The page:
Gopher Snake vs Rattlesnake: 5 Key Differences

Written by August Croft
Updated: March 15, 2023
© Alexander Wong/
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Gopher snakes and rattlesnakes may appear similar at first glance, but there are many key differences between them. While they are both snakes from the Serpentes family, gopher snakes are from the Colubridae sub-family, while rattlesnakes are members of the Crotalinae family, a sub-family of vipers.

But this is only the beginning of the differences between gopher snakes and rattlesnakes. For example, rattlesnakes prefer to live in desert environments or arid climates, while gopher snakes are more often found in grassy areas or fields. These two snakes may eat the same diet, but they kill their prey in very different ways as well.

If you are hoping to learn more about the differences between gopher snakes and rattlesnakes, you’re in the right place. Let’s learn more about these two snake types now.

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Comparing Gopher Snakes vs Rattlesnakes

Rattlesnake vs Gopher Snake
Gopher SnakeRattlesnake
Location                         North AmericaNorth America, Mexico, Argentina
Color           Yellow, brown, orange, splotches                  Shades of brown, diamond/striped pattern
Lifespan                         10-25 years10-20 years
Size                                4-8 feet long3-5 feet long
Special Features         An excellent mimic               Has a rattle and pits for sensing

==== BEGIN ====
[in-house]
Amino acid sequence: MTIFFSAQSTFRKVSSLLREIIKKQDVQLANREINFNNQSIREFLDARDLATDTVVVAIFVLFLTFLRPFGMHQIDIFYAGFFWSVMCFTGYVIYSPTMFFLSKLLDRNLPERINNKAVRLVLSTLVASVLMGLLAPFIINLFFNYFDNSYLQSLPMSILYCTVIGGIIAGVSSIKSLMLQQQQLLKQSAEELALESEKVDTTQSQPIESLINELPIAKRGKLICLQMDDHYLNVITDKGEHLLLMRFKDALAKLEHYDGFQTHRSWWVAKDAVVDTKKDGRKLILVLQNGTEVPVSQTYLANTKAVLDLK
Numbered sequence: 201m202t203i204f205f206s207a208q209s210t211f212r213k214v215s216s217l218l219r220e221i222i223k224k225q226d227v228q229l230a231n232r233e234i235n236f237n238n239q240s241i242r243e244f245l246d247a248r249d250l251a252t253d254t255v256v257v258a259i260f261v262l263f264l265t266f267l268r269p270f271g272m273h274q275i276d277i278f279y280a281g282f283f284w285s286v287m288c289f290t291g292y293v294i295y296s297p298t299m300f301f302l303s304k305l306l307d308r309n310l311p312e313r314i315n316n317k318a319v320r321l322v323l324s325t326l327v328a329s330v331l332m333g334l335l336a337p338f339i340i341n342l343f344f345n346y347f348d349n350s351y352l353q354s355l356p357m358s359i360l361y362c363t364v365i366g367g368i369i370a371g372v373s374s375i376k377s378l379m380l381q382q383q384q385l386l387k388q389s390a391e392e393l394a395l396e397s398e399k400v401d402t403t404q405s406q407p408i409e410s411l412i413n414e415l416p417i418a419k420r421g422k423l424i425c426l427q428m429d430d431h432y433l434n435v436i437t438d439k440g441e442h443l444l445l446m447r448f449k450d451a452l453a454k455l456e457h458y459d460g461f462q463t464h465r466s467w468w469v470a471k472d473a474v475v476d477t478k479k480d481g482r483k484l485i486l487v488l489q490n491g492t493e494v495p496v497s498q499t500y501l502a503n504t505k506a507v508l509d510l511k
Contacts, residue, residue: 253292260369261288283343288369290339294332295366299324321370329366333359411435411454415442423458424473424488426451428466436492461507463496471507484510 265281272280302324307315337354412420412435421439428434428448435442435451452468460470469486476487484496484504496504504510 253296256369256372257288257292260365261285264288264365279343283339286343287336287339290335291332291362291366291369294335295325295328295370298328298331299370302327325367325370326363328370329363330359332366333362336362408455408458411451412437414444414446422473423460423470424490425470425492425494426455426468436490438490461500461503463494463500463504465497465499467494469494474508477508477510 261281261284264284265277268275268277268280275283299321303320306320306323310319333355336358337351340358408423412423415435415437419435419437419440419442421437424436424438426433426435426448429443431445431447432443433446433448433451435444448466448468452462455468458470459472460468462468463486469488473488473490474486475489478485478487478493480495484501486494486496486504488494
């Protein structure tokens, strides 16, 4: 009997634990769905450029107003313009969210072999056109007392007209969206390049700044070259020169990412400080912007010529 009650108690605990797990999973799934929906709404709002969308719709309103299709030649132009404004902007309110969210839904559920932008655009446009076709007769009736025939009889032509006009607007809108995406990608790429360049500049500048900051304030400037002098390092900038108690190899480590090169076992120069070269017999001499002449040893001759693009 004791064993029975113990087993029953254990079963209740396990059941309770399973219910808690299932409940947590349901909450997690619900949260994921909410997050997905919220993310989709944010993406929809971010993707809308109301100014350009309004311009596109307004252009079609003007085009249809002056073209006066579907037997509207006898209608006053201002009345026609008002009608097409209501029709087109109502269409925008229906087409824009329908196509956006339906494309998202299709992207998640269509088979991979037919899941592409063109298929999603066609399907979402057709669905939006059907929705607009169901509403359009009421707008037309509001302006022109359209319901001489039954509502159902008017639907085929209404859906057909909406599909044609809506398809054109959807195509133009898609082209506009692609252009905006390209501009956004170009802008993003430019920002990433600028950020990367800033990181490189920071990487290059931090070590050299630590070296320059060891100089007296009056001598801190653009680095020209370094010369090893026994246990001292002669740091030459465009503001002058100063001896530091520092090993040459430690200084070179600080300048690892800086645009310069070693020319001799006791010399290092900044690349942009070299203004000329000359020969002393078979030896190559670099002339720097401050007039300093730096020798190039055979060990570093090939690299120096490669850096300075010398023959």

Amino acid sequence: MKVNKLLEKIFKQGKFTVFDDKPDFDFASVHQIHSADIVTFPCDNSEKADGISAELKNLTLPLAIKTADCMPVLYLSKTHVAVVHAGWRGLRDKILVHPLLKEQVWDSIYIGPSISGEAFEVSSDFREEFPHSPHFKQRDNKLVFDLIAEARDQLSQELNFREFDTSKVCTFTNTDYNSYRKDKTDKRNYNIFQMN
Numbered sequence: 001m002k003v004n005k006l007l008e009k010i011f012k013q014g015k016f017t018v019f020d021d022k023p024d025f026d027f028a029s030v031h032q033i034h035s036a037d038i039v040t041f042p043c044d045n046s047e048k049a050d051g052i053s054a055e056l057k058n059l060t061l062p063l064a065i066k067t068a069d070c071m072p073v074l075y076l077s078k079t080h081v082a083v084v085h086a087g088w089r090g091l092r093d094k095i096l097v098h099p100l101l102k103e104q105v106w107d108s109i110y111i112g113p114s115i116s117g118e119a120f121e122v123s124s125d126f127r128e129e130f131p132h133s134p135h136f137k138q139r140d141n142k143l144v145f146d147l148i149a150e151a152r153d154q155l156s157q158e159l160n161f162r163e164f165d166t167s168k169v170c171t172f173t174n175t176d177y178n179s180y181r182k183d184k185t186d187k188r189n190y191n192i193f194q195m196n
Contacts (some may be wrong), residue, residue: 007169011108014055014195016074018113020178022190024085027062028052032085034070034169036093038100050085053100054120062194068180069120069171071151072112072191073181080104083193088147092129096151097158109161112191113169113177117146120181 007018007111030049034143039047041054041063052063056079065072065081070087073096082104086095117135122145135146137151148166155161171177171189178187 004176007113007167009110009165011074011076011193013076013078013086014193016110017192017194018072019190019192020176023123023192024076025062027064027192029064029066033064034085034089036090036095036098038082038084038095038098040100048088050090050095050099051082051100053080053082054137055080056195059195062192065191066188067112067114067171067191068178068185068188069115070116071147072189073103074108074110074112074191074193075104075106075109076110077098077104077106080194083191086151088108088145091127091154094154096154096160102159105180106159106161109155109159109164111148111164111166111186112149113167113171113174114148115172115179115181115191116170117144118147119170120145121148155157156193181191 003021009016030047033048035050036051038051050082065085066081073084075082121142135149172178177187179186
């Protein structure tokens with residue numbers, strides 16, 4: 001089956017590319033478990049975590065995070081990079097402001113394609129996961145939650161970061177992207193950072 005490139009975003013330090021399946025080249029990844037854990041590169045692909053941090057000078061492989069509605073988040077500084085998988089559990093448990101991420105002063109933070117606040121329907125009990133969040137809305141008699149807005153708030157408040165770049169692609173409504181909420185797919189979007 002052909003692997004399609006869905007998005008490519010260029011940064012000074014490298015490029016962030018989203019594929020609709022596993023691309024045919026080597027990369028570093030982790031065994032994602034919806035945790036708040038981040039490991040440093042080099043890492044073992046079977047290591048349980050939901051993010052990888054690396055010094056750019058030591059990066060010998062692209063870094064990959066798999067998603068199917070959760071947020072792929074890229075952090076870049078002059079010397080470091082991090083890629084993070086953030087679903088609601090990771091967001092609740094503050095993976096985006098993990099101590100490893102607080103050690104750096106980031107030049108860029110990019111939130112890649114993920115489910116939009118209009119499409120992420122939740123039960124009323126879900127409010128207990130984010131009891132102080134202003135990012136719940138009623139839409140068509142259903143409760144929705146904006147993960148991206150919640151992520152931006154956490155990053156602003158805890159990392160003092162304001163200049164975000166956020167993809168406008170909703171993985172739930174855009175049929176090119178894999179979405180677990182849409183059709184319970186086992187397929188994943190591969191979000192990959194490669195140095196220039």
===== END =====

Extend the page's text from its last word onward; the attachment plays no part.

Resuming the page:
Method of Killing                ConstrictionVenom
Venomous?                        NoYes

The 5 Key Differences Between Gopher Snakes vs Rattlesnakes

There are multiple key differences between gopher snakes vs rattlesnakes. Gopher snakes are non-venomous and highly aggressive, while rattlesnakes use venom only when pursuing prey or when they feel threatened. Gopher snakes are physically different as well, with less distinct markings when compared to the majority of rattlesnakes.

Rattlesnakes are complete with a rattle at the end of their tails, while gopher snakes have no rattle. However, there are even more differences between these two snakes — let’s dive in and learn more about these two now.

Gopher snake vs rattlesnake
Gopher snakes are non-venomous, while rattlesnakes use venom only when pursuing prey or when they feel threatened.

©Cedar Dobson/

Gopher Snakes vs Rattlesnakes: Venom

One of the main differences between gopher snakes vs rattlesnakes is their venom. Gopher snakes are non venomous, meaning they can bite you but will not inject venom. Rattlesnakes have a fairly potent venom that can even kill grown adults if left untreated- this makes them extremely dangerous.

However, this isn’t to say that rattlesnakes are inherently more aggressive than gopher snakes- it’s actually the opposite. Gopher snakes are regarded as a much more aggressive species than rattlesnakes are, capable of pursuing predators or humans far more than rattlesnakes do. Gopher snakes have been known to chase humans if they feel threatened- talk about scary! While rattlesnakes are more dangerous overall, they tend to avoid conflict.

Gopher Snakes vs Rattlesnakes: How They Kill

Gopher snakes and rattlesnakes both eat an almost identical diet, given that they are both carnivorous snakes. However, the way that they kill their prey is very different. Gopher snakes constrict their meals before swallowing them whole, while rattlesnakes choose to use their powerful venom first before consuming their prey.